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The Objective Measurement of Diadochokinesis in Children with Bilateral Spastic Cerebral Palsy
Aim: More than 80% of children with infantile cerebral palsy (ICP) have limitations in upper limb movements (MACS > 2) and more than 35% already acquire contractures during childhood.1, 2
The development of successful treatment strategies requires a better understanding of the modified movement patterns.
The aim of this project is to study the diadochokinesis, that is, the sequence of fast active antagonistic movements, to measure the range of movement, velocities, and accelerations of antagonistic movements in children with ICP and MACS 1 to 2.
Methods: A total of 20 typically developing (10 ? 2 years) and 14 children (8 * MACS 1, 6 * MACS 2) with bilateral spastic ICP (11 ? 2 years) were prospectively included in this study.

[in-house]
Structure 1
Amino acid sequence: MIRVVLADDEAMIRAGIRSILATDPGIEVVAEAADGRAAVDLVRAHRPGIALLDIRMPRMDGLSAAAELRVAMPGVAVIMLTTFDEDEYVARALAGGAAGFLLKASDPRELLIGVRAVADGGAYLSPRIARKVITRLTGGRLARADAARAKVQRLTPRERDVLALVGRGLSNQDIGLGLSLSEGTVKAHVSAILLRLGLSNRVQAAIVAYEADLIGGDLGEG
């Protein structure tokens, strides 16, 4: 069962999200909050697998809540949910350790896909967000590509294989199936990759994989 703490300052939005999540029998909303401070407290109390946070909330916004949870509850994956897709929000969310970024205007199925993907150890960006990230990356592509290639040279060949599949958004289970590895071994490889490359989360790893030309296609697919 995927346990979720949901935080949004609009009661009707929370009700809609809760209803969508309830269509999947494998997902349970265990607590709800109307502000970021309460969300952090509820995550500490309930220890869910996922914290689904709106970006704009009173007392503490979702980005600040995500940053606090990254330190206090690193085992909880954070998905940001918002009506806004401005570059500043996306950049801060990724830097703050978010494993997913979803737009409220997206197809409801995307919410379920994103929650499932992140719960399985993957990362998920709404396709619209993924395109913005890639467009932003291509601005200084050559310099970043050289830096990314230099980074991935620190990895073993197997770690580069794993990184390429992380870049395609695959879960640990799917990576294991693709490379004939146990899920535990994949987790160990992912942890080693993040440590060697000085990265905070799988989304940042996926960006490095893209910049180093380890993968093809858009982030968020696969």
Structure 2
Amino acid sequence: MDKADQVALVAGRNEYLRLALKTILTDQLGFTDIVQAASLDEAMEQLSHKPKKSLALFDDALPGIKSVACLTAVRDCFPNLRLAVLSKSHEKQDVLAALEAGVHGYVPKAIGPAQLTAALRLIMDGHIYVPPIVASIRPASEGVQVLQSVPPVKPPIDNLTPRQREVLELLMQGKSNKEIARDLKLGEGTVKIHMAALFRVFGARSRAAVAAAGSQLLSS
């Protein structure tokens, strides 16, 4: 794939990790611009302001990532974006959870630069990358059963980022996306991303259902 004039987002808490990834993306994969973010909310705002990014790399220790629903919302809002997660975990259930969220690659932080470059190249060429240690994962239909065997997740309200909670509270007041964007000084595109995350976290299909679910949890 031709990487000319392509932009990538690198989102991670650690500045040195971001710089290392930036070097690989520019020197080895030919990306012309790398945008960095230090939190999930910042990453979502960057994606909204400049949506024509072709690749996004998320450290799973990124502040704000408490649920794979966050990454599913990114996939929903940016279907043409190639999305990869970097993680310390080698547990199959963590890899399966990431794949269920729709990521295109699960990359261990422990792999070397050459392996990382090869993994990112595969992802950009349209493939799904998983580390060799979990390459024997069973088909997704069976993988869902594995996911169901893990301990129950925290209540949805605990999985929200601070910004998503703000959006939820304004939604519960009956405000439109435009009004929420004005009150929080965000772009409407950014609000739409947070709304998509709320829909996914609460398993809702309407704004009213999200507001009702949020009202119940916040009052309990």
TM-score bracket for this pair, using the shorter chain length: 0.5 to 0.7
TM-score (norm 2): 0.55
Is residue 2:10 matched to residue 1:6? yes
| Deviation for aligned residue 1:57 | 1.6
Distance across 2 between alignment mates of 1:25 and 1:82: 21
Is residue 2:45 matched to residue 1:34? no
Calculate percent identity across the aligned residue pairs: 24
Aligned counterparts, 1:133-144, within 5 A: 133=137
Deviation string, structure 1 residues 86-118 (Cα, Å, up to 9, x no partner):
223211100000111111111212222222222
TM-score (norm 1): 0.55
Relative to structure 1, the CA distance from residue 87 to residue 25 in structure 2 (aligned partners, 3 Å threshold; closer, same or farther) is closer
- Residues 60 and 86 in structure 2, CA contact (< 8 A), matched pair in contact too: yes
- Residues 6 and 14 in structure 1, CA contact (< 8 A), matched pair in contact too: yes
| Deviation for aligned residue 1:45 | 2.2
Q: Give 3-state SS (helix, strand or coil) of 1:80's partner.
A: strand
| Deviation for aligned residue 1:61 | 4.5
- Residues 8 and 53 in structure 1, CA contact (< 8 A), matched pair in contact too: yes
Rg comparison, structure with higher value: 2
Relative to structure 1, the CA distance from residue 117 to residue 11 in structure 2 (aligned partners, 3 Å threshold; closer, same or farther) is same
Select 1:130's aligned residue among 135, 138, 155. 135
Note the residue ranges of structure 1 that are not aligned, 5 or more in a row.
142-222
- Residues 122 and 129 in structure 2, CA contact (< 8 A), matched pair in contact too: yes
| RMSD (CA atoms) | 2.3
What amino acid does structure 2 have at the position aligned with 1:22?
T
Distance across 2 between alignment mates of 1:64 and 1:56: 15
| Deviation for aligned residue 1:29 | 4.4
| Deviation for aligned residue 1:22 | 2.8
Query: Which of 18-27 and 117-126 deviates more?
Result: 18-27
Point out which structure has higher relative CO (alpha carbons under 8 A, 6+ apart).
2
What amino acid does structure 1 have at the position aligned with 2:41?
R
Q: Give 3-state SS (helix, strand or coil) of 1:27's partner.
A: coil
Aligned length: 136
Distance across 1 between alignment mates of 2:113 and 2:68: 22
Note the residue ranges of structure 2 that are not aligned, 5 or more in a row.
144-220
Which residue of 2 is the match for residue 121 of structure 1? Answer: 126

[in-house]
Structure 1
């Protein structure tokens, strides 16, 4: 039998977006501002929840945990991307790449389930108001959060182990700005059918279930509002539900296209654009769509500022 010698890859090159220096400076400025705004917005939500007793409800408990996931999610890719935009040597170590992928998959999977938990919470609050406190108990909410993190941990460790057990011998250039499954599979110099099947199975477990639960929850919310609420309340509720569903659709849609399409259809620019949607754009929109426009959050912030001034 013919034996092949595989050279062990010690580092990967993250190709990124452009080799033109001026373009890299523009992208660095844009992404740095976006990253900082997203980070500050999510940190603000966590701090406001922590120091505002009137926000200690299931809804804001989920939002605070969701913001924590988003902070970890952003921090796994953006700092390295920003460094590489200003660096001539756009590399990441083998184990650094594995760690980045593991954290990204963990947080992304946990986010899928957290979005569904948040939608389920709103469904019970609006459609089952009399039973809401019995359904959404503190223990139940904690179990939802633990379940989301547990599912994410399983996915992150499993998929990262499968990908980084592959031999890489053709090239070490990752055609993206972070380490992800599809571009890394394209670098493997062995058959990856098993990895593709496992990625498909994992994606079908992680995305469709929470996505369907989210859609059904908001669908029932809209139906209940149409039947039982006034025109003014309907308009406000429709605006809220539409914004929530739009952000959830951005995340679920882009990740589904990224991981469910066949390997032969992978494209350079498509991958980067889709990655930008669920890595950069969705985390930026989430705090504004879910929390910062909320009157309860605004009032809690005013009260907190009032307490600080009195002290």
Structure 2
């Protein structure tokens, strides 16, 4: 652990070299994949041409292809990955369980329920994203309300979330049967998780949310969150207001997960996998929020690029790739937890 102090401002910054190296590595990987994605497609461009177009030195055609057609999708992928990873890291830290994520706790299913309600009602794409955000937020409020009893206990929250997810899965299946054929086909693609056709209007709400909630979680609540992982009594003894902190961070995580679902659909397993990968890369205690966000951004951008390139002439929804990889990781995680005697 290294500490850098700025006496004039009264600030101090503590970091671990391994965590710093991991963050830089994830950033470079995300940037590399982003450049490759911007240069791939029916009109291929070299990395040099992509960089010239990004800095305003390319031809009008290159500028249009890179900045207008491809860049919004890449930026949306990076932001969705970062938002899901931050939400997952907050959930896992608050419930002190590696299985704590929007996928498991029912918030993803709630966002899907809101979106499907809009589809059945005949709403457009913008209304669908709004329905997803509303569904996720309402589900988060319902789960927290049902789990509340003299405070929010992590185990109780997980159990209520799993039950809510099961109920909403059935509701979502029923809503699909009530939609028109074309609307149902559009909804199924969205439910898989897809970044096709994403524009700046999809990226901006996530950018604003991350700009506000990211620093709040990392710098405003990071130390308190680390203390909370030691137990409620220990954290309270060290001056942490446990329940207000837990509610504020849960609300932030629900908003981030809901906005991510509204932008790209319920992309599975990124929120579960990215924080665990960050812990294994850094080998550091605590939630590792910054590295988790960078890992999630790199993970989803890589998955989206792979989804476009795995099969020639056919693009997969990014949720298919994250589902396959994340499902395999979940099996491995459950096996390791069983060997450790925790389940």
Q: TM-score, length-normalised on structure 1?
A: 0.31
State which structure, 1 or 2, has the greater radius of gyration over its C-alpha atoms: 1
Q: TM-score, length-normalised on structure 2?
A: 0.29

Exclusion criteria were a history of interventions in the upper limbs and contractures in the pro/supination. Three-dimensional motion analysis was used to record the diadochokinesis of pronation and supination objectively.
Typically, developing children performed the agonistic and antagonistic movement with the same velocity. In contrast, among children with MACS 1 pronation was significantly slower, whereas among the children with MACS 2 pronation significantly faster than supination.
Conclusion: The reduced speed when performing manual tasks at MACS 1 does not result from an actual reduction of the maximum movement velocity and acceleration.
The imbalance of agonistic and antagonistic movement velocity and acceleration—caused by spasticity results in reduced speed and accuracy while handling objects.
Keywords: cerebral palsy, upper limb, motion analysis, diadochokinesis.
References1 Eliasson AC, Krumlinde-Sundholm L, Rösblad B, et al. The Manual Ability Classification System (MACS) for children with cerebral palsy: scale development and evidence of validity and reliability. Dev Med Child Neurol 2006;48(7):549–554
2 Makki D, Duodu J, Nixon M. Prevalence and pattern of upper limb involvement in cerebral palsy. J Child Orthop 2014;8(3):215–219